The Subject and the Quest for Truth: Heidegger and Lonergan on Truth
Keywords:Intentional subject, Dasein, Truth, Judgement, Cognitional acts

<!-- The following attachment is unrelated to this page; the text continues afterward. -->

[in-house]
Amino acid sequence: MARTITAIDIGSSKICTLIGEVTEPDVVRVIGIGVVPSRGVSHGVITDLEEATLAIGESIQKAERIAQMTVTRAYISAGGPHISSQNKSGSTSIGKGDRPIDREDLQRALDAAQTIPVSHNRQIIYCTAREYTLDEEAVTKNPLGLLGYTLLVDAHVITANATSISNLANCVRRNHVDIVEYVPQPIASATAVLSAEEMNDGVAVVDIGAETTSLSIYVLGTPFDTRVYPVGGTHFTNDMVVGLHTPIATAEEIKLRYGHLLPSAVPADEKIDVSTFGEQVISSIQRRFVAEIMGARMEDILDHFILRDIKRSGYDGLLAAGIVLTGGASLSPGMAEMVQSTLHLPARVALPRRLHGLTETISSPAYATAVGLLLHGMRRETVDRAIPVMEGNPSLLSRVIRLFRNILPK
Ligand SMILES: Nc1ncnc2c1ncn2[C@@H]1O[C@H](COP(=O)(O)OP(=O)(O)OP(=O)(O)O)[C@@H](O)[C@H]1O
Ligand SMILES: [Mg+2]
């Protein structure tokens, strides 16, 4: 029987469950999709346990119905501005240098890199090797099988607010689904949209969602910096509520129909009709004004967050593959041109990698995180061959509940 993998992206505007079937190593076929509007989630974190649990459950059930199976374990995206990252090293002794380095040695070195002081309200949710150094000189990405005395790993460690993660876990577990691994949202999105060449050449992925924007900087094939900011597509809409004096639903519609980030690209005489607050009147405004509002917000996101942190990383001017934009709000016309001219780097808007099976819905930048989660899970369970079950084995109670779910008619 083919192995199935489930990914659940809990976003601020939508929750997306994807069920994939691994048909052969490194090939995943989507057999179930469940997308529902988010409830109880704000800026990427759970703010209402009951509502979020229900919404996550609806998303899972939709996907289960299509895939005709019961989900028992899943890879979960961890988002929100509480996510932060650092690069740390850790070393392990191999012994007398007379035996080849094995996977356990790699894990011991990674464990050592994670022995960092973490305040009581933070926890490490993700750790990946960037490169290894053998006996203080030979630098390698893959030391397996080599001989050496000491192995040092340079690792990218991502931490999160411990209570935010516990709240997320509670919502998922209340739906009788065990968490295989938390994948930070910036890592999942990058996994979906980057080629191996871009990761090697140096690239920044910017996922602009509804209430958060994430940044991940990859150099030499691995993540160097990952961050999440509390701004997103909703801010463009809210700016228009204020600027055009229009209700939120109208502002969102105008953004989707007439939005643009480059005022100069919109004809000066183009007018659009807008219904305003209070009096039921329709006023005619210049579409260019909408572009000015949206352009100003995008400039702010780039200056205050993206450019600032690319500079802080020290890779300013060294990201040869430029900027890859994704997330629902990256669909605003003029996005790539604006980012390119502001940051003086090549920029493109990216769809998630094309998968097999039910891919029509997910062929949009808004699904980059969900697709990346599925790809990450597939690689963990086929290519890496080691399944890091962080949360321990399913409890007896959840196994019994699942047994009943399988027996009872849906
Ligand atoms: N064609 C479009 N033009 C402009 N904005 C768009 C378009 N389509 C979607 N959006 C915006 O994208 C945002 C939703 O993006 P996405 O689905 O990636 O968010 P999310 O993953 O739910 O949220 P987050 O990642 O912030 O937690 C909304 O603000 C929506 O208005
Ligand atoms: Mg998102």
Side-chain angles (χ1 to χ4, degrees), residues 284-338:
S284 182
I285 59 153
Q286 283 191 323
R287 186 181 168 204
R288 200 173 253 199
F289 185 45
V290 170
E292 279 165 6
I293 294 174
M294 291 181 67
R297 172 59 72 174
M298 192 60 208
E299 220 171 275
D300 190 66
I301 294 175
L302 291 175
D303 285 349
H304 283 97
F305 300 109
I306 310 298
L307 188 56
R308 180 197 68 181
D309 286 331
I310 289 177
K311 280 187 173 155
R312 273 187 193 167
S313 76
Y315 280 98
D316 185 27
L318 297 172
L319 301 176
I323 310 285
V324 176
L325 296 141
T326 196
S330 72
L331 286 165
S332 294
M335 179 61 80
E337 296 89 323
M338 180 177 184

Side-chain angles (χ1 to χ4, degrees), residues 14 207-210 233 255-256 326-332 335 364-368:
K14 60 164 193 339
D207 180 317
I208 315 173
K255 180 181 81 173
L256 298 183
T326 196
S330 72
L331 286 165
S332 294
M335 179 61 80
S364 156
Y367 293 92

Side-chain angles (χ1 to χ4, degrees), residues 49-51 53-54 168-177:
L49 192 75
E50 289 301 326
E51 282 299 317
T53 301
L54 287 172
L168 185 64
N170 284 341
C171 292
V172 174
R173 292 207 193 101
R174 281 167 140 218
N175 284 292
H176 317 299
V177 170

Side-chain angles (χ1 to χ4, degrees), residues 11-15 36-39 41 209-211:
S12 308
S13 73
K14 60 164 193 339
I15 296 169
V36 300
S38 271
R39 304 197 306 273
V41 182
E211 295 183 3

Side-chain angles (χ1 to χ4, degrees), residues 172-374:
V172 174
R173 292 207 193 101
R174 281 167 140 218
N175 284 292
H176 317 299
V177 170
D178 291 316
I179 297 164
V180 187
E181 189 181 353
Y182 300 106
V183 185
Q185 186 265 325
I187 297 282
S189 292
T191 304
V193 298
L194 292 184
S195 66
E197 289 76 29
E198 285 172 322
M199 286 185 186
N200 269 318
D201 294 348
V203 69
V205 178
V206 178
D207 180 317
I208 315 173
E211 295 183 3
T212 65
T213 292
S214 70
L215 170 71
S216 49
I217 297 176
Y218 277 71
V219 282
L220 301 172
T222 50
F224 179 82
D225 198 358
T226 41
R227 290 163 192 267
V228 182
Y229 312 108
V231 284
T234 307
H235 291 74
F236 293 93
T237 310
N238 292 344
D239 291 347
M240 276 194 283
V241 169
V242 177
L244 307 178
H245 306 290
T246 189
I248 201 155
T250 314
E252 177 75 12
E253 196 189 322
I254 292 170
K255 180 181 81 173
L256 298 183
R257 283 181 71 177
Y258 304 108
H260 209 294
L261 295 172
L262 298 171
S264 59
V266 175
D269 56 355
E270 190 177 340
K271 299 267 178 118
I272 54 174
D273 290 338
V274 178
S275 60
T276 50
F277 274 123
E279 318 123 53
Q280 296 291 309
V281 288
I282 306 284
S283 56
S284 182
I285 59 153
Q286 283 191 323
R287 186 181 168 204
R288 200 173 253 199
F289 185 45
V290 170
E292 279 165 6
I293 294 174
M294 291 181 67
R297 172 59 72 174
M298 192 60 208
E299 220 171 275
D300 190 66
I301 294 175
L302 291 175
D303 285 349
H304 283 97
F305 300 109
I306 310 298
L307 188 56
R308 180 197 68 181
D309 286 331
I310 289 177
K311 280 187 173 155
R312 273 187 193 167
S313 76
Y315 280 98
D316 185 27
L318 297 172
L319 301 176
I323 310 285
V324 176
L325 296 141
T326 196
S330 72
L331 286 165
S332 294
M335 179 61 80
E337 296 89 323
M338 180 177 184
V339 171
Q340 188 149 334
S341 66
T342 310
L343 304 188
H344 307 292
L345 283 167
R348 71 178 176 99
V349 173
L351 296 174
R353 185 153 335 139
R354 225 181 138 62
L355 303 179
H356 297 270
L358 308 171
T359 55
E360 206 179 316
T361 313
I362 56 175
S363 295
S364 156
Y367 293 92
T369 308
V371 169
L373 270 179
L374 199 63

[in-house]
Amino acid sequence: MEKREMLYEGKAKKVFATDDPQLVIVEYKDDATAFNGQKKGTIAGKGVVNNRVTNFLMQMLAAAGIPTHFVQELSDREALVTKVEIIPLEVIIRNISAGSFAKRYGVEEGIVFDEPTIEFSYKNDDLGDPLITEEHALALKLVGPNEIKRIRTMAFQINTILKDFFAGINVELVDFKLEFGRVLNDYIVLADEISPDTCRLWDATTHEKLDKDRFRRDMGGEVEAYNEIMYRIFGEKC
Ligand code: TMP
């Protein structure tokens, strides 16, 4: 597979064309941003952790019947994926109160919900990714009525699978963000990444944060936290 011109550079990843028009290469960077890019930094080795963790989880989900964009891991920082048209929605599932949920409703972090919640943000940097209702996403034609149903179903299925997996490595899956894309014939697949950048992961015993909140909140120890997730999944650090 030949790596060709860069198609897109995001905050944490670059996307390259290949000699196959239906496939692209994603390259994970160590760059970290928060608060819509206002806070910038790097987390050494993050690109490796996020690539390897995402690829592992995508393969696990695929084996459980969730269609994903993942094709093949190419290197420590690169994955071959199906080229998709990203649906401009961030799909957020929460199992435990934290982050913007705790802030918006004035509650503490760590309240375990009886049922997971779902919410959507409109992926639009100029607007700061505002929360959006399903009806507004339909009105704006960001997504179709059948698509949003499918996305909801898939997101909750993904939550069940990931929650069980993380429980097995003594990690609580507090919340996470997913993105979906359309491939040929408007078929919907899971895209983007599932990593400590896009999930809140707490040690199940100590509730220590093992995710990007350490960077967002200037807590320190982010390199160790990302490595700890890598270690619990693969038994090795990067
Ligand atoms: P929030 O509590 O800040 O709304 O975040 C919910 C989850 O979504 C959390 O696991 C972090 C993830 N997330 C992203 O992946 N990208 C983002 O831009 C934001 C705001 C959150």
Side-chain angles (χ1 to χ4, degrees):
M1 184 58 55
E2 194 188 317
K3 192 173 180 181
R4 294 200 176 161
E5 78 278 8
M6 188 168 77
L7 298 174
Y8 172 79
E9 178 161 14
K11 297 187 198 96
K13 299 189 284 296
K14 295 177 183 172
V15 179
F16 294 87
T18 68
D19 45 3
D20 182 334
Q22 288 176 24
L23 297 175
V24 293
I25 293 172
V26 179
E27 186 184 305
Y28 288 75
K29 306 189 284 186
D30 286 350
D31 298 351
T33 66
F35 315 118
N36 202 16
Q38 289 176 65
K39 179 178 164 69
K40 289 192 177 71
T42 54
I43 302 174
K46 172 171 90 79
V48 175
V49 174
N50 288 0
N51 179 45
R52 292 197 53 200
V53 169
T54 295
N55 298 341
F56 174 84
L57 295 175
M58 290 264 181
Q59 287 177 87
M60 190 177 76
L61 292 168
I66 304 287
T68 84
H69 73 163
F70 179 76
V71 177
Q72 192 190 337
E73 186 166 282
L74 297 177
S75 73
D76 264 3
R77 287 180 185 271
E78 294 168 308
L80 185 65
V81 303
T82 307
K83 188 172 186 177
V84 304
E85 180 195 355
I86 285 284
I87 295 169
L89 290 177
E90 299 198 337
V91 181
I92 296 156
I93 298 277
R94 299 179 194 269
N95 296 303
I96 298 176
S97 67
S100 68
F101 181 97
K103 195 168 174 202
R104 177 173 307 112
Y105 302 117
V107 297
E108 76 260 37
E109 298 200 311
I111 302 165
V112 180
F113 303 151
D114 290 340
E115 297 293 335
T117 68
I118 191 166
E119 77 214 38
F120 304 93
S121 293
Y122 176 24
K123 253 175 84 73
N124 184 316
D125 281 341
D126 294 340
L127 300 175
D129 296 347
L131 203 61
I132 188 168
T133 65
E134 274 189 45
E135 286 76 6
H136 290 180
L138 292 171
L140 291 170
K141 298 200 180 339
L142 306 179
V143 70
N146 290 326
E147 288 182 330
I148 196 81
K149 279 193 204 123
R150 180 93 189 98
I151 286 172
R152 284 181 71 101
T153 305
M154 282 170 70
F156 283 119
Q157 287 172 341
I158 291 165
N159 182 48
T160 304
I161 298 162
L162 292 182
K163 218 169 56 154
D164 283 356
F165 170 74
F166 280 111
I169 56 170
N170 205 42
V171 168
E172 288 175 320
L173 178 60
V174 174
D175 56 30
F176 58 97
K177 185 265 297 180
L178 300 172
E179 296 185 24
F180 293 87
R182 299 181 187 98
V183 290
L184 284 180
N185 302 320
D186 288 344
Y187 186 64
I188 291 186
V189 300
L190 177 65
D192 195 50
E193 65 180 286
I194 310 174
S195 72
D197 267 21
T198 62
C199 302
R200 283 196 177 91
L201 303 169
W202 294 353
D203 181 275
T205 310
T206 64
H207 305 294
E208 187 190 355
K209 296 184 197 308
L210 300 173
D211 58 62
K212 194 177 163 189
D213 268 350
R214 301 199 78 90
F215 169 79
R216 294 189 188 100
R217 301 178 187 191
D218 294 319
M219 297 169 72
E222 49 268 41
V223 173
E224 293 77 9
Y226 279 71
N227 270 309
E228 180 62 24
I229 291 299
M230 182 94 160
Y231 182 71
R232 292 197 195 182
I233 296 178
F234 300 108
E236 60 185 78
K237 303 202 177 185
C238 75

Since the “elimination of the subject” from truth discourse by Frege, by identifying the subject—or rather the subjective—with the private and personal, philosophical investigations of truth have consciously or unconsciously truncated the role of the knowing subject in the quest for truth. The neglect of the subject has turned the exploration of truth into logical, semantic, conceptual or linguistic analysis of the truth predicate. The consequence of this is that some philosophers tend to treat truth as if it does not really matter; as is shown by their deflationary attitude towards truth or even the total denial of truth. Despite the prevalent elimination of the subject from truth discourses, two thinkers that acknowledge the importance of the subject in the exposition of the concept of truth are Martin Heidegger and Bernard Lonergan. In this paper I explore their positions and argue that Heidegger’s situating of the centrality of Dasein in relation to truth in disclosedness—as the basic state of Dasein’s ontological constitution—is inadequate. Following Lonergan, I argue that an adequate account of the centrality of the role of the subject can only be situated in the cognitional acts of the subject within the context of the human quest for knowledge, and that the pivotal cognitional act is the act of judgment.
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